So you open your growing area and are deluged with tiny winged demons (and you’re sure the government has sent them). The first thing you need to do is close the opening and run for the insecticide. Start spraying at the furthest point from the opening and work your way out. An hour later, the majority of the critters will be dead, but not all. To get all of them, you have to do some digging, scraping, and wiping.
Digging, you ask? Well, critters such as aphids like to burrow into any tiny crevasse that happens by, and this includes the uneven and porous surface of your growing medium. You’ll have to take off at least an inch from the top of the growing container, and seal it up in a plastic garbage bag. Don’t replace the growing medium yet. The next step is to scrape any smooth surfaces to remove the eggs and droppings your critters have left behind. You then get yourself a rough rag and some insecticidal soap. Scrub everything, and I do mean scrub. Aphid eggs are tough and will probably be stuck to everything. After that is done, back out of the growing area, spraying the insecticide again. An hour later, come back and replace the top layer of growing medium. Make sure you’ve moistened the medium before you lay it on with pure PH balanced water, no nutrient.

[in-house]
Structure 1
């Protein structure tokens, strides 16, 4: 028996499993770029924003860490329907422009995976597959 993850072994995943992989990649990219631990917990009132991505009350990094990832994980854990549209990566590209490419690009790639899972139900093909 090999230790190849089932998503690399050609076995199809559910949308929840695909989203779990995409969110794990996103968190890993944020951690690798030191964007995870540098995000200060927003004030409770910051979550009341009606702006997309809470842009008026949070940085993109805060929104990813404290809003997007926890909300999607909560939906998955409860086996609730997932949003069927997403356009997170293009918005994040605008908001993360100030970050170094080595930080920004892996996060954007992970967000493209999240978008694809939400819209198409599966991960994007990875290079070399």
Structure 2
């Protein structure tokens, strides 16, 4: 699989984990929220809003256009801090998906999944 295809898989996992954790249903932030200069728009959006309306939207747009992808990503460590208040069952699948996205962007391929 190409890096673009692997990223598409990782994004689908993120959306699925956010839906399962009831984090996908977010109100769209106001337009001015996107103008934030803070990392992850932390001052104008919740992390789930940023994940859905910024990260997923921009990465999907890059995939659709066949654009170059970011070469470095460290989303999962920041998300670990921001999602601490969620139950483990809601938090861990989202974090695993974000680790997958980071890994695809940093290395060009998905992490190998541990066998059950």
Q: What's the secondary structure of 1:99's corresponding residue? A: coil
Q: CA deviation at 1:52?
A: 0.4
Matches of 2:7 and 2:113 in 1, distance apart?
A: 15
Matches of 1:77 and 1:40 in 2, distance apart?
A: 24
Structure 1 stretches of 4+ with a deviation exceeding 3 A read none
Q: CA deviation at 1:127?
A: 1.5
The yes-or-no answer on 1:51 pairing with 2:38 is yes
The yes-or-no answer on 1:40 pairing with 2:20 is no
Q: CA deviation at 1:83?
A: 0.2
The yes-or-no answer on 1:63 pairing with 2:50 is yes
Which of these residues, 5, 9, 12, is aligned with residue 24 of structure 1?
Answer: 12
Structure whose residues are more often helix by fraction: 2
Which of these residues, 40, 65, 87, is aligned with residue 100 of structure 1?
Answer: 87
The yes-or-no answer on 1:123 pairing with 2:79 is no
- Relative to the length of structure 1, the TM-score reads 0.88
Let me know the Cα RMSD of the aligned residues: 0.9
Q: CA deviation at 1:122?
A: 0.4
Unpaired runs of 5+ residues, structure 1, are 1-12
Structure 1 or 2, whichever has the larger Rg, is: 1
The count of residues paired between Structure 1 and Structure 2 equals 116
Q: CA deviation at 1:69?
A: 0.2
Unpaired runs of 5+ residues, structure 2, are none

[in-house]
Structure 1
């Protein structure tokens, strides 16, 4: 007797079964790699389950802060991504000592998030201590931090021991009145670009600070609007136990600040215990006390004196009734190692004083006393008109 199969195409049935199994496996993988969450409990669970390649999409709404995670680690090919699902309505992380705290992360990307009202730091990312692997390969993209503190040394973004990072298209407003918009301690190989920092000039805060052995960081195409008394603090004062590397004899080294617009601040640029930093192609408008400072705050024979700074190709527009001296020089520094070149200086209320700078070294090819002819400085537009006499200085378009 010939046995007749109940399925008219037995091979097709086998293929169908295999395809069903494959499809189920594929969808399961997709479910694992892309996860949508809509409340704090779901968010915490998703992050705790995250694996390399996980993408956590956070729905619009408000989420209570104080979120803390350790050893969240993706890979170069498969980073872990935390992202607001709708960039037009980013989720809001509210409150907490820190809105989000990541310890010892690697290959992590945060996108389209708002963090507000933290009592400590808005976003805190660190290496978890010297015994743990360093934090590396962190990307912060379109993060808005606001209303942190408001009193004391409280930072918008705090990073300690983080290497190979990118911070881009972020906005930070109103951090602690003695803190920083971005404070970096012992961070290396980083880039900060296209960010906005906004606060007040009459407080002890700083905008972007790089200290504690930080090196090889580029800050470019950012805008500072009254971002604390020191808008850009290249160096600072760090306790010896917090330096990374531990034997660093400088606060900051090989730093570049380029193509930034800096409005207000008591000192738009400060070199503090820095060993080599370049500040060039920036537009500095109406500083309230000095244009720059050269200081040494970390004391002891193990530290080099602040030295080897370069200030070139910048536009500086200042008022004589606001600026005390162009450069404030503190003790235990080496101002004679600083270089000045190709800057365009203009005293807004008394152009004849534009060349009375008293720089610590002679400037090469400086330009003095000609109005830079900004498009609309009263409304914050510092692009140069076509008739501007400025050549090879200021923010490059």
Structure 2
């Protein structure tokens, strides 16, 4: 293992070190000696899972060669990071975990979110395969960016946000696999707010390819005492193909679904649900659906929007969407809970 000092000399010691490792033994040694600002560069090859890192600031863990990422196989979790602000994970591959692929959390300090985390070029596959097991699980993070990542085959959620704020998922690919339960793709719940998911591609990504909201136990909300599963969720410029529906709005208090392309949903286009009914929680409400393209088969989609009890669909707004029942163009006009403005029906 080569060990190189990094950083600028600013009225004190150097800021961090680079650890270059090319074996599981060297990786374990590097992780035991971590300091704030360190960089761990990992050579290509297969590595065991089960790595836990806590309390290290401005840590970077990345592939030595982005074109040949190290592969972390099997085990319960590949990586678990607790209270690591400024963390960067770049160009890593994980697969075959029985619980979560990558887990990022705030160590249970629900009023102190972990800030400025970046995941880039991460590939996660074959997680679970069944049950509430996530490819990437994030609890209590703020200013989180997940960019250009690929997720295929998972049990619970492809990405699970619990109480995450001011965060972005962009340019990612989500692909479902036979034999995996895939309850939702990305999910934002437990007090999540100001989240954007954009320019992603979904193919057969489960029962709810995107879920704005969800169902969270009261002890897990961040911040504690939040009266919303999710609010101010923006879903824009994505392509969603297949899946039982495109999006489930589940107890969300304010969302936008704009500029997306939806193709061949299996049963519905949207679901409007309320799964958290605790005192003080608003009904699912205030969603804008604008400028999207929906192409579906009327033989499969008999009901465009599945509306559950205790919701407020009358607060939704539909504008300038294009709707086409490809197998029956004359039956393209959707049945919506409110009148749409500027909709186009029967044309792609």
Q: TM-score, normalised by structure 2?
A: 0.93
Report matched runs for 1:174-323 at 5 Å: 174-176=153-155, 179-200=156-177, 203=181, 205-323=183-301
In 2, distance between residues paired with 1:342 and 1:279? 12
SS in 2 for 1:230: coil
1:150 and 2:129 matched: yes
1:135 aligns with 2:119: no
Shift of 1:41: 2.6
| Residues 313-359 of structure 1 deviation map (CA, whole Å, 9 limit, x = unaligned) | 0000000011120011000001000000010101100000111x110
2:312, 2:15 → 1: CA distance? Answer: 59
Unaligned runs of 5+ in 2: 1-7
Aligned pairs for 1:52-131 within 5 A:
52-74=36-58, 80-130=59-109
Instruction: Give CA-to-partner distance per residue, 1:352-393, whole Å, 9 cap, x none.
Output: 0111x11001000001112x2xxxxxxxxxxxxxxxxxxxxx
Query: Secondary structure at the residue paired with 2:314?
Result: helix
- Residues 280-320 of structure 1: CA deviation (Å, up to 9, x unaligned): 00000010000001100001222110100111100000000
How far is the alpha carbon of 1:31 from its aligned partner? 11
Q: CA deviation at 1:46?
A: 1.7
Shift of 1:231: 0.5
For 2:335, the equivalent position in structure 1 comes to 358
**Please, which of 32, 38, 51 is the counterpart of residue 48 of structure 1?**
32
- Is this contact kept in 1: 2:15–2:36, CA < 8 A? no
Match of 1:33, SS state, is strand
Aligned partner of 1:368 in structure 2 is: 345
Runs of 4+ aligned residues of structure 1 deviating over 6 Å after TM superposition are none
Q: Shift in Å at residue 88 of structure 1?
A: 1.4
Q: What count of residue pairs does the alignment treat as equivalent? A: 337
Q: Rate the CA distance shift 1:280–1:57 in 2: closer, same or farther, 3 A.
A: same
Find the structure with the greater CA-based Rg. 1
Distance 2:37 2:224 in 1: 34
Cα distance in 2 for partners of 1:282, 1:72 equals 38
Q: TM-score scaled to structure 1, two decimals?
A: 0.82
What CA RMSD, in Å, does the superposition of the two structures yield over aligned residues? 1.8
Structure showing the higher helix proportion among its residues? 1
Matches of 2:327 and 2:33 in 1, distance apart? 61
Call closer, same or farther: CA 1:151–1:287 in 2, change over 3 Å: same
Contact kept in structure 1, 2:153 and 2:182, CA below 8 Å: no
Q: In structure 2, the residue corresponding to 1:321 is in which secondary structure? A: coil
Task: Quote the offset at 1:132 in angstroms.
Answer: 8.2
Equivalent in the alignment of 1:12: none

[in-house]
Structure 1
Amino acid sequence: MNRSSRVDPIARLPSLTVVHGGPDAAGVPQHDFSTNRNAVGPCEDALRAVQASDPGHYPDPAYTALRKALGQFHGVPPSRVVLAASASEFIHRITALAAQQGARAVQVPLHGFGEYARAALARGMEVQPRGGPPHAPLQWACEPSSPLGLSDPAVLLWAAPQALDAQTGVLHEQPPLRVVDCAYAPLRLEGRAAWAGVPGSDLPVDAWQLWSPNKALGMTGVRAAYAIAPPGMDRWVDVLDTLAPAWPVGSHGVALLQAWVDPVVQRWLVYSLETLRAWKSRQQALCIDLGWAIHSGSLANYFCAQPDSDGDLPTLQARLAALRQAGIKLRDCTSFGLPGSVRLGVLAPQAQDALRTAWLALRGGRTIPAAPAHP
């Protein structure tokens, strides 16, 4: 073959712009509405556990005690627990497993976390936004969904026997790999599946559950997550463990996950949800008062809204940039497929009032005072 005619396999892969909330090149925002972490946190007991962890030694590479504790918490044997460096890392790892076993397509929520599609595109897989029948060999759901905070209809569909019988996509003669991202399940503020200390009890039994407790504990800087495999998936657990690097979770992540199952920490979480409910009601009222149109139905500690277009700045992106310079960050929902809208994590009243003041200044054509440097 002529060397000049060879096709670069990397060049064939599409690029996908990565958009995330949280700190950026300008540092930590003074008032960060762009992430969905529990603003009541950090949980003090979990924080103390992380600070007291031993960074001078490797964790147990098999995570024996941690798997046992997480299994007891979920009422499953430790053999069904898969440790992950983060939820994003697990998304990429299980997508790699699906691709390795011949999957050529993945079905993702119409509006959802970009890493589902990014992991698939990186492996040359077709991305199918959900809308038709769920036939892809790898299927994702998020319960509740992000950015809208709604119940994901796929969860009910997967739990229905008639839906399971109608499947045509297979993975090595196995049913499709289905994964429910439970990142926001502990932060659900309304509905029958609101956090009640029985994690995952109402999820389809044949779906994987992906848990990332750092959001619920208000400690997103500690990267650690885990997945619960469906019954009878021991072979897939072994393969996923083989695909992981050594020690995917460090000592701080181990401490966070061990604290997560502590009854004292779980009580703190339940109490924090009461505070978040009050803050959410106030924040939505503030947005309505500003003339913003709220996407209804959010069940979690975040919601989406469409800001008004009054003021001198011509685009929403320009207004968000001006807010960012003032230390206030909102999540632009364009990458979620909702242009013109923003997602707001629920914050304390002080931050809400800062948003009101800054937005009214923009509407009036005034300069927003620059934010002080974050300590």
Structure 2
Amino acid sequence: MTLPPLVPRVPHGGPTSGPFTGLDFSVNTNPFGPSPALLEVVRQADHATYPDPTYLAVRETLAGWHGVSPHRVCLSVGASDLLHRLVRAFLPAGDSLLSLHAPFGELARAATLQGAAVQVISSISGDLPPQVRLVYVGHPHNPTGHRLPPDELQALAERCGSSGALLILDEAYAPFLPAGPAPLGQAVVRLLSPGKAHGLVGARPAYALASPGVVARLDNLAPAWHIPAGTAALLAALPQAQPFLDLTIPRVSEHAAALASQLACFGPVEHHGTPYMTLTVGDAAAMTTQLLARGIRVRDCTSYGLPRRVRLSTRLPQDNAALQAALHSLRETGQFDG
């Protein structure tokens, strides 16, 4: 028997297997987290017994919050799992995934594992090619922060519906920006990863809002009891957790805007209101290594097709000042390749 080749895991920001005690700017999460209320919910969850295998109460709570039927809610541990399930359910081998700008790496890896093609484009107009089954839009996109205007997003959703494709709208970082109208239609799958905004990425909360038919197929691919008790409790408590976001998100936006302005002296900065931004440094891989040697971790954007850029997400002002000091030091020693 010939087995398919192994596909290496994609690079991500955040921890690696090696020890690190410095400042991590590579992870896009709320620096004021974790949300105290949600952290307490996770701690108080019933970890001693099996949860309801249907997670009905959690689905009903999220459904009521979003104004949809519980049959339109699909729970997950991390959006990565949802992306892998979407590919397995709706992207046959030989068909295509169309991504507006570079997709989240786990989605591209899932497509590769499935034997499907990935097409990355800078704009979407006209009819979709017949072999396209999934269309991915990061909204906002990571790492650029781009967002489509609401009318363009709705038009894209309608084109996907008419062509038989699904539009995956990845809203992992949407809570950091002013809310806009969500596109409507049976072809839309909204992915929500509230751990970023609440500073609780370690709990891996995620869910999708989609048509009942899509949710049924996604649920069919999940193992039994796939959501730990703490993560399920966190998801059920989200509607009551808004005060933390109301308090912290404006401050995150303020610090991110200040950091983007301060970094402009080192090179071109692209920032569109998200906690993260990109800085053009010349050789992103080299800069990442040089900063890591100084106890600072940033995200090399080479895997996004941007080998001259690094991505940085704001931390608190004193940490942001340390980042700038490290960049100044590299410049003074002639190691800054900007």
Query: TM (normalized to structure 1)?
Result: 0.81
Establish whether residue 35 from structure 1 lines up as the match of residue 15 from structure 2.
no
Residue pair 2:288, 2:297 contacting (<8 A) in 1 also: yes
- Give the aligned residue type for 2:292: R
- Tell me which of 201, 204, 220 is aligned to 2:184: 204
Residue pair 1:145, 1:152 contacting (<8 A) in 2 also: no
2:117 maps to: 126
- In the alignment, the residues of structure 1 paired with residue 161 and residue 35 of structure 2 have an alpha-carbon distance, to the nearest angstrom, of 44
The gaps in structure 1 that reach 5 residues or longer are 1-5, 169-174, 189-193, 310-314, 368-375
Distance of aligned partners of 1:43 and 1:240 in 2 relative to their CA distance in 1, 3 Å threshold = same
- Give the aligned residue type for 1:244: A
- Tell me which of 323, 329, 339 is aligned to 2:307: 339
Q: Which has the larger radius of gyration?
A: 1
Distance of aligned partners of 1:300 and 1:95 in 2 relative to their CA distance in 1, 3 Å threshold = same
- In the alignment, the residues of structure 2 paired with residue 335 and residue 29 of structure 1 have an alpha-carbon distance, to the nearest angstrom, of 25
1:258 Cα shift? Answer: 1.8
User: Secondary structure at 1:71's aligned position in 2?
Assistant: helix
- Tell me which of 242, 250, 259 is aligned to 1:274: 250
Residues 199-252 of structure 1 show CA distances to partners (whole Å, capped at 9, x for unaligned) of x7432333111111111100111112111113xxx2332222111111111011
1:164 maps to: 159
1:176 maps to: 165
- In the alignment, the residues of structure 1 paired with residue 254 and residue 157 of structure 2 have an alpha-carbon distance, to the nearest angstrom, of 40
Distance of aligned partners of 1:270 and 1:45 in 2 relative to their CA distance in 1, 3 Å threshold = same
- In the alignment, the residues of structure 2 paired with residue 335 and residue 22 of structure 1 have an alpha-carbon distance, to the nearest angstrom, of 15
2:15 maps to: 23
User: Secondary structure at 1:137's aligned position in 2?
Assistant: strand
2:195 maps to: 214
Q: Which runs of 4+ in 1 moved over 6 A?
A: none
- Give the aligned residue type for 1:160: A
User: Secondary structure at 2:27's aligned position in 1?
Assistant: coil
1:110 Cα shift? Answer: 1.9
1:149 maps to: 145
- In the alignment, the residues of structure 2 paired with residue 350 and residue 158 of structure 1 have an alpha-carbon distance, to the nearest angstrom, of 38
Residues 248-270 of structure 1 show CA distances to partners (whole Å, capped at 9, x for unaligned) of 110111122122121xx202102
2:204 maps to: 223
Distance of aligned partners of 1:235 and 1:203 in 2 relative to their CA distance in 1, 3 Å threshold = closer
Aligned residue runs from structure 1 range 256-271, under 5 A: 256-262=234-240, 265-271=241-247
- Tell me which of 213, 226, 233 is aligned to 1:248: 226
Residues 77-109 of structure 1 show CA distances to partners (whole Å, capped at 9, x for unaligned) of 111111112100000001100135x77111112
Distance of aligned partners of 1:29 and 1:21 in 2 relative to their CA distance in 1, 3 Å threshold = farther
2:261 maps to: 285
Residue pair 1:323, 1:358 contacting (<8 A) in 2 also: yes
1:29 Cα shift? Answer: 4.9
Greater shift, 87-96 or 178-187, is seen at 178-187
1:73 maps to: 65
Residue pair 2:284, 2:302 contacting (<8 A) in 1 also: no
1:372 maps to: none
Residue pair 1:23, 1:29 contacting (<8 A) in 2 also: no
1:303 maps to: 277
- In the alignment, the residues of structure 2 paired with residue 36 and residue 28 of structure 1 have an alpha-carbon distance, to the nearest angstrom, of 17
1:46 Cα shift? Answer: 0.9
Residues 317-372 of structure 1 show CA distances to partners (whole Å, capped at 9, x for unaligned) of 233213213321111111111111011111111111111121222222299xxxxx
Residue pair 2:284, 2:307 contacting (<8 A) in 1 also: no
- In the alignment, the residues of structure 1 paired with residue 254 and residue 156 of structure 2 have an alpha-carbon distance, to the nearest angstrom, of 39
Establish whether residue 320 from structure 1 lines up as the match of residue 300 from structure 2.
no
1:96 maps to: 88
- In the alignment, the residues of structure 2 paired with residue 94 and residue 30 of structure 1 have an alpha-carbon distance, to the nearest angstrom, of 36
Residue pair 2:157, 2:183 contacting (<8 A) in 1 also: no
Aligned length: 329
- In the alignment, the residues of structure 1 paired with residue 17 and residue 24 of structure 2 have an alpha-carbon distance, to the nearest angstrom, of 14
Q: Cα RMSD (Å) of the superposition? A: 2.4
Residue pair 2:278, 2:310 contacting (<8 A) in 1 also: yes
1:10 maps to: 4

All it takes is one aphid to start an infestation, and aphids breed in terms of hundreds of offspring or even thousands. Once started it is only going to get worse, so jump on it. If you see one little winged critter in your growing area, get the insecticide. Now a lot of people will poo-poo you on using insecticides, but the fact remains that you have to use them sometimes. You simply don’t have a choice because one aphid can mean the death of your entire crop in a matter of days. The chemicals in off the shelf department store insecticides such as RAID have been cleared for human use, so you’re not dealing with a life threatening entity here. And it doesn’t take a lot, a spray of a second or two will do the trick. If you’ve ever gardened, you probably haven’t even thought twice about spraying away the critters on your tomato plants, right? Most growers use a leaching process at the end of the growing cycle anyway. This leaching process gets rid of any chemical that is foreign to the plant’s biology. Spray away.